The weibull distribution

The analysis described in this study is largely based on the application of the Weibull distribution. This type of distribution is named after the Swedish engineer Waloddi Weibull9 (1887-1979) who popularised its use for a wide range of reliability analyses as discussed in a landmark paper published in 1951.9 The Weibull distribution is particularly suitable for reliability analysis in which a failure rate, the probability of failure per unit of time, is not constant over time and only limited historical data on past occurrences of failure are available. Just as human mortality rates are a function of age, i.e. mortality rates amongst newborns, teenagers and elderly humans are higher than mortality rates of middle aged adults, failure rates of complex machinery is expected to change during the lifespan of the equipment. Utilisation of the Weibull distribution enables engineers to map out evolving failure rates for different causes of machine failure.

Case study: an oil field in the North Sea

Heavy oil has been produced from a North Sea field by means of a series of submersible pumps. Ever since production started in the 1990s, unexpected, though regular, pump failure has frequently challenged the operator to meet its annual production targets. The problem of pump failure has been magnified by the difficult access to the systems. Operations cannot be executed in the winter season due to adverse weather conditions and intervention requires expensive specialised equipment with long lead times. Given these considerations, the operator faces the difficult decision during the planned work-over operation: should a functioning pump, which is known to be prone to breakdown, be replaced or should the device be left in place and continue to operate until failure occurs.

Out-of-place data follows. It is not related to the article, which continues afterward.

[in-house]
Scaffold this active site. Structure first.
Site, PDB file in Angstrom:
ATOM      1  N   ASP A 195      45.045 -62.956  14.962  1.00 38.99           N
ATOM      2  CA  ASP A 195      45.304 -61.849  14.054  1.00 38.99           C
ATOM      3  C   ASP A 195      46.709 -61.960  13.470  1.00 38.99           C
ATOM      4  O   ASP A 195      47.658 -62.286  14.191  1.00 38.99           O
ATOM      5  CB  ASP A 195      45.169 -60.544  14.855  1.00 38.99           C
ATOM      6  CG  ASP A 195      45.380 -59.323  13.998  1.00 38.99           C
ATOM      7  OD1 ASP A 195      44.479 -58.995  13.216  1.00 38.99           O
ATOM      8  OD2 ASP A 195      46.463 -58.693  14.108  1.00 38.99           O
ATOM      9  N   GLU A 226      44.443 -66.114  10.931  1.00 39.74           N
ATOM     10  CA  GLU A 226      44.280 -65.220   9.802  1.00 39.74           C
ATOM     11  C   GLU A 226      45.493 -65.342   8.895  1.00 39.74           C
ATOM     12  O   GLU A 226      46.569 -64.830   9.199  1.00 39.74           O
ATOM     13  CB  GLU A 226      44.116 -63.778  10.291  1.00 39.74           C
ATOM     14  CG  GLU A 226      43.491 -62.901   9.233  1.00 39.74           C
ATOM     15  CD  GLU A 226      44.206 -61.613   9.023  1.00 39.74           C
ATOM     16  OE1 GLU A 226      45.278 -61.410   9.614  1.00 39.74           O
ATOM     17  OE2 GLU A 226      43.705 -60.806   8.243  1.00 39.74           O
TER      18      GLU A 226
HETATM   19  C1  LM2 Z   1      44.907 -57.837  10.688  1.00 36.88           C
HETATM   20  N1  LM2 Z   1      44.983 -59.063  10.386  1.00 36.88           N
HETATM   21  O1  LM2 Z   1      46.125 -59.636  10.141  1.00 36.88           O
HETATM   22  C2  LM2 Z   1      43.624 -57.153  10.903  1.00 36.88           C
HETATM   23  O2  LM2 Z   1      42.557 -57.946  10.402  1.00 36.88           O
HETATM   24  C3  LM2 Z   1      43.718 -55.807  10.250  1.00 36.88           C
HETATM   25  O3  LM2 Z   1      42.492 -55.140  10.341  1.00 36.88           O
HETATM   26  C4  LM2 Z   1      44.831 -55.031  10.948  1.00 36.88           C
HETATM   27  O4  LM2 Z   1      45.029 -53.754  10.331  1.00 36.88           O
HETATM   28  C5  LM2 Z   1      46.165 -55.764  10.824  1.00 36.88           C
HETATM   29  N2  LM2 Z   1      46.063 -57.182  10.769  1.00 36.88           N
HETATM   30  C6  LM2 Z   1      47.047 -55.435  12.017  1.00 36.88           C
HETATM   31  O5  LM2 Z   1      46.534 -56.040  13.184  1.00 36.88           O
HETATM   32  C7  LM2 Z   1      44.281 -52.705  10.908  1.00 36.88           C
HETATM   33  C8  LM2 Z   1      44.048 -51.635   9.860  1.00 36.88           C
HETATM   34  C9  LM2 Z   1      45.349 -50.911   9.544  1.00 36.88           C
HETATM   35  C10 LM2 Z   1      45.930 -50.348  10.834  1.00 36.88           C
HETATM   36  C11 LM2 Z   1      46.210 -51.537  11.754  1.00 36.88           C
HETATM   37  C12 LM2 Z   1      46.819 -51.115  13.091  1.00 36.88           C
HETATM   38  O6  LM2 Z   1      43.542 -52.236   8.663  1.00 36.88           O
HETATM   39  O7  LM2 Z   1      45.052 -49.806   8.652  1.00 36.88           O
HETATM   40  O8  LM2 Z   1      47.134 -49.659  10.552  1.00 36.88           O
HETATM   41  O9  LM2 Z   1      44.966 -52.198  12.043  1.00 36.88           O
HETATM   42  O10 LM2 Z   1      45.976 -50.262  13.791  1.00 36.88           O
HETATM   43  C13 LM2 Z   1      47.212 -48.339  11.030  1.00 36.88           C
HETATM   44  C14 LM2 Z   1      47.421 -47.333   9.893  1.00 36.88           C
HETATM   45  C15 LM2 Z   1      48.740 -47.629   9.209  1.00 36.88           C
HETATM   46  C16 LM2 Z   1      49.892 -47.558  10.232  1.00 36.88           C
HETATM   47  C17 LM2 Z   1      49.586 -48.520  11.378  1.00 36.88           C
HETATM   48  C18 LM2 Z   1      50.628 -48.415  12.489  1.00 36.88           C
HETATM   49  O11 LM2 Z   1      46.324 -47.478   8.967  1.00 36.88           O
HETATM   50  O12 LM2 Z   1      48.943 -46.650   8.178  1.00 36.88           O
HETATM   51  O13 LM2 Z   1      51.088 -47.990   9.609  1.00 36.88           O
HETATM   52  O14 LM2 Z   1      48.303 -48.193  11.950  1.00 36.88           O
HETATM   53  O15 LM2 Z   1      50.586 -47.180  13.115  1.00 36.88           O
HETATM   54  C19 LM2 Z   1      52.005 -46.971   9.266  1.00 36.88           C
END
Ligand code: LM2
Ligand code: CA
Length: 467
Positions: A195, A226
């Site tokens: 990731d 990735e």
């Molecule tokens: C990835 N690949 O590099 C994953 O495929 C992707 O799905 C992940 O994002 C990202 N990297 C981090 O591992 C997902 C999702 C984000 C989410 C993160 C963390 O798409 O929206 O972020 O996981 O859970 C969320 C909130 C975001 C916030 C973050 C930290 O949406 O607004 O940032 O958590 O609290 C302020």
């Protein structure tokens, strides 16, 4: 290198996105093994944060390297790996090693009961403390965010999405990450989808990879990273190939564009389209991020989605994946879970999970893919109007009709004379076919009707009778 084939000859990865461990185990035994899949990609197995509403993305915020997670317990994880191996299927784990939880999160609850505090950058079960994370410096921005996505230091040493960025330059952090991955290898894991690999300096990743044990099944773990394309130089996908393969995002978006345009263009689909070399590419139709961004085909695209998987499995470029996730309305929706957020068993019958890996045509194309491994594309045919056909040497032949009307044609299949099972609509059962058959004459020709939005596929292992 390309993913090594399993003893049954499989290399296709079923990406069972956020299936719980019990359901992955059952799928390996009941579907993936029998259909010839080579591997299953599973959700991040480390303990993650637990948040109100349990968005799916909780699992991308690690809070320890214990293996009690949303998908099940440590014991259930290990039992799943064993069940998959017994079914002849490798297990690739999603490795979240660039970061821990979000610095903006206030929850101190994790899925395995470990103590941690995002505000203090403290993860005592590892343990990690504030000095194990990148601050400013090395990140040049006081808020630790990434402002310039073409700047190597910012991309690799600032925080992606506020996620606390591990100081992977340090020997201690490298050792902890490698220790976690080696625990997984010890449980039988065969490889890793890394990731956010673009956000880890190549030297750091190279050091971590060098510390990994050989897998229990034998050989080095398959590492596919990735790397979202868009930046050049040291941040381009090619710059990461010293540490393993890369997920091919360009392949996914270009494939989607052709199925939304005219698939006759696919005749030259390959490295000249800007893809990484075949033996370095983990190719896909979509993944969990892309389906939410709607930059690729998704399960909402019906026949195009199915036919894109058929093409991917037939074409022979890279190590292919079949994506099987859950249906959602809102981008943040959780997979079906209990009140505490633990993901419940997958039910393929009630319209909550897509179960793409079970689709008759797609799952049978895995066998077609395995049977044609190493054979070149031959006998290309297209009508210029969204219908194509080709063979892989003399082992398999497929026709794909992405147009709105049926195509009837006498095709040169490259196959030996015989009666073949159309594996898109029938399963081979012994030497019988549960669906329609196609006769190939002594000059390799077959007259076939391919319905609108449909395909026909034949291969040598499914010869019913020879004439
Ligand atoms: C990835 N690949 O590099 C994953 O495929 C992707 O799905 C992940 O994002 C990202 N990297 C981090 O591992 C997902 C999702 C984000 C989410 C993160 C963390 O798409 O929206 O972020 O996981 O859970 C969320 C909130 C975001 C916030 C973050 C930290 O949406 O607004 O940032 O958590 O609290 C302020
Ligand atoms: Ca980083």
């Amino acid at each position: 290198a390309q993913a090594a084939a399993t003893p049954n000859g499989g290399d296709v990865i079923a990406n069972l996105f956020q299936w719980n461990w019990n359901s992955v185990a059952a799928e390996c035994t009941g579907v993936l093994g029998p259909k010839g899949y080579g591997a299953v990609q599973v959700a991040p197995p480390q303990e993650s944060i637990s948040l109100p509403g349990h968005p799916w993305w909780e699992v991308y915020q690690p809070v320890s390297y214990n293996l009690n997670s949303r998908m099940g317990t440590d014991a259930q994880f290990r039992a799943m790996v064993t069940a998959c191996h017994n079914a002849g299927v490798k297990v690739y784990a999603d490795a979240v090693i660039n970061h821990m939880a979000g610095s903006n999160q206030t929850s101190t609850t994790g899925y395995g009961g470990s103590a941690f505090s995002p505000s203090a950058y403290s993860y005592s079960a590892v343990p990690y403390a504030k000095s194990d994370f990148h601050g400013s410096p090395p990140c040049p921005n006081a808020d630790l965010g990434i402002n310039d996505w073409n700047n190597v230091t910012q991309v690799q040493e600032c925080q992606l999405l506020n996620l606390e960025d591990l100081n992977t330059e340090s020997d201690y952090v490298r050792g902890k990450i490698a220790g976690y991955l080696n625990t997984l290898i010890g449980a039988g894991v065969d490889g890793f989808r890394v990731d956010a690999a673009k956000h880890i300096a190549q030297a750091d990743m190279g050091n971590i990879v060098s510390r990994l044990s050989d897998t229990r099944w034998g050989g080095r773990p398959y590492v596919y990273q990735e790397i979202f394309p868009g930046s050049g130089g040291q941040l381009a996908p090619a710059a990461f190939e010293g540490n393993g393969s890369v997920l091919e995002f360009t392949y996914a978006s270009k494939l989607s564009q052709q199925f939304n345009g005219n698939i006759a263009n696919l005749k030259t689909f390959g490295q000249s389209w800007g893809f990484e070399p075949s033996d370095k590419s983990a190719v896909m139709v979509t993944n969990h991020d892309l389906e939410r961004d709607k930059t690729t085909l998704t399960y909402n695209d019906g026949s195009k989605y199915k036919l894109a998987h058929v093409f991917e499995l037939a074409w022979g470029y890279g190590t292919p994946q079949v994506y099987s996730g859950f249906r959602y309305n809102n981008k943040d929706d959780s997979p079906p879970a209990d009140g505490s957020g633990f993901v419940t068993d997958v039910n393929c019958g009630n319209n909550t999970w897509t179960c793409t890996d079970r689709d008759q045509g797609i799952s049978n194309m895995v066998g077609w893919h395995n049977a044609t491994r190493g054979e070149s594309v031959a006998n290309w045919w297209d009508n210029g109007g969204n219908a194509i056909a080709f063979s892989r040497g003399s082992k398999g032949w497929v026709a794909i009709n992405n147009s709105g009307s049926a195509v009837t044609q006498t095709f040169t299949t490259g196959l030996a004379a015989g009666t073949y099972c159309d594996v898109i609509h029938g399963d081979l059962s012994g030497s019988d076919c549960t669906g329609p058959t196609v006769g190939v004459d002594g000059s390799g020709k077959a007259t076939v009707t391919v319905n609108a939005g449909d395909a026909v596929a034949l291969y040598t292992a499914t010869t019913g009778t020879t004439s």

Pro-active replacement will allow the operator to fit the intervention into a larger already planned operation and greatly reduce the risk that failure occurs at an undesired point in the near future. Submersible pumps are known to fail due a wide range of causes: mechanical failure (leaking, buckling), material failure (corroding, cracking), electrical failure (short and open circuit) or external influences (plugged with scale or paraffin).10

The operator faced 32 pump failures hitherto and tracked 1) the time of operation of each pump till failure occurred and 2) the cause of failure. The data indicates that a common cause of pump failure relates to corrosion of one specific part of the type of pump employed. On the basis of this finding the failures were divided into two groups referred to as corrosion and non-corrosion failures and two separate Weibull distributions have been developed for each type of failure (Figure 1).

Figure 1 Two fitted Weibull distributions, one for corrosion failure and a second for non-corrosion failure.

A key attribute of the Weibull distribution is that failure rates evolve over time, i.e. non-corrosion pump failure rates are high immediate after installation but tail off over time. Figure 2 suggests high failure rate in the first 12 months and in the 5th year due to non-corrosion and corrosion failure, respectively Figure 3.

Figure 2 Failure rate for the corrosion, non-corrosion and overall failure.

Figure 3 The overall pump survival rate is a combined effect of two causes of failure; corrosion and non-corrosion. The graph suggests that the chance of pump is operational after 10 years is about 2%.

The reliability of the pumps currently in operation was assessed using the Weibull distribution that described pump failure due to the both corrosion and non-corrosion causes. Given that the pumps have been installed at different points in time each pump has a unique expected remaining lifespan. Table 1 illustrates that five pumps that have been operational for a different amount of time have a unique probability of failure in the coming 6 and 12 months.



Time in operation

Within 6 months

Within 12 months





















Table 1 The probability of pump failure in the next 6 or 12 months given the age of a pump